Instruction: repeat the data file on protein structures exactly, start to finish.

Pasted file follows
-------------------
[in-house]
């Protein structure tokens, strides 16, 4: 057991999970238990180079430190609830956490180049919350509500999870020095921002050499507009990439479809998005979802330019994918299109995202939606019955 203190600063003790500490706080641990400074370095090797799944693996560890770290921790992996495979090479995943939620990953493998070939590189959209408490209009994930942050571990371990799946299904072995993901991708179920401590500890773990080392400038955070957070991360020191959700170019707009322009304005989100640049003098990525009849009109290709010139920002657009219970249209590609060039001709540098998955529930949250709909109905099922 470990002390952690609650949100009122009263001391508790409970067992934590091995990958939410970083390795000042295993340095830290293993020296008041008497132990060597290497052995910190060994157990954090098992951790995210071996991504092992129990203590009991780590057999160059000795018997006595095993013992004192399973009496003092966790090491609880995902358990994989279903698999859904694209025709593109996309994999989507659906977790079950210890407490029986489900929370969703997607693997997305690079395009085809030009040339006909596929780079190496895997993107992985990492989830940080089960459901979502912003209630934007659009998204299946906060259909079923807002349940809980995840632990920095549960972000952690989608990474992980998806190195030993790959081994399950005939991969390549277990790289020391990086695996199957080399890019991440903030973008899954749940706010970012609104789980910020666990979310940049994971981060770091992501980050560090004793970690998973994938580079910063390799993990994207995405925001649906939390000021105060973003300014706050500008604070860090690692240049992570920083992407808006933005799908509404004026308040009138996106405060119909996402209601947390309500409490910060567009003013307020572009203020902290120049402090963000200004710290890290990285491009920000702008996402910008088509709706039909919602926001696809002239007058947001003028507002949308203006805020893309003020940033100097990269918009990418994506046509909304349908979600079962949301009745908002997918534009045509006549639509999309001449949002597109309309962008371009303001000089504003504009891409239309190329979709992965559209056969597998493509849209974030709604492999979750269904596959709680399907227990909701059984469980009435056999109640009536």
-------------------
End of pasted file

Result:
[in-house]
């Protein structure tokens, strides 16, 4: 057991999970238990180079430190609830956490180049919350509500999870020095921002050499507009990439479809998005979802330019994918299109995202939606019955 203190600063003790500490706080641990400074370095090797799944693996560890770290921790992996495979090479995943939620990953493998070939590189959209408490209009994930942050571990371990799946299904072995993901991708179920401590500890773990080392400038955070957070991360020191959700170019707009322009304005989100640049003098990525009849009109290709010139920002657009219970249209590609060039001709540098998955529930949250709909109905099922 470990002390952690609650949100009122009263001391508790409970067992934590091995990958939410970083390795000042295993340095830290293993020296008041008497132990060597290497052995910190060994157990954090098992951790995210071996991504092992129990203590009991780590057999160059000795018997006595095993013992004192399973009496003092966790090491609880995902358990994989279903698999859904694209025709593109996309994999989507659906977790079950210890407490029986489900929370969703997607693997997305690079395009085809030009040339006909596929780079190496895997993107992985990492989830940080089960459901979502912003209630934007659009998204299946906060259909079923807002349940809980995840632990920095549960972000952690989608990474992980998806190195030993790959081994399950005939991969390549277990790289020391990086695996199957080399890019991440903030973008899954749940706010970012609104789980910020666990979310940049994971981060770091992501980050560090004793970690998973994938580079910063390799993990994207995405925001649906939390000021105060973003300014706050500008604070860090690692240049992570920083992407808006933005799908509404004026308040009138996106405060119909996402209601947390309500409490910060567009003013307020572009203020902290120049402090963000200004710290890290990285491009920000702008996402910008088509709706039909919602926001696809002239007058947001003028507002949308203006805020893309003020940033100097990269918009990418994506046509909304349908979600079962949301009745908002997918534009045509006549639509999309001449949002597109309309962008371009303001000089504003504009891409239309190329979709992965559209056969597998493509849209974030709604492999979750269904596959709680399907227990909701059984469980009435056999109640009536």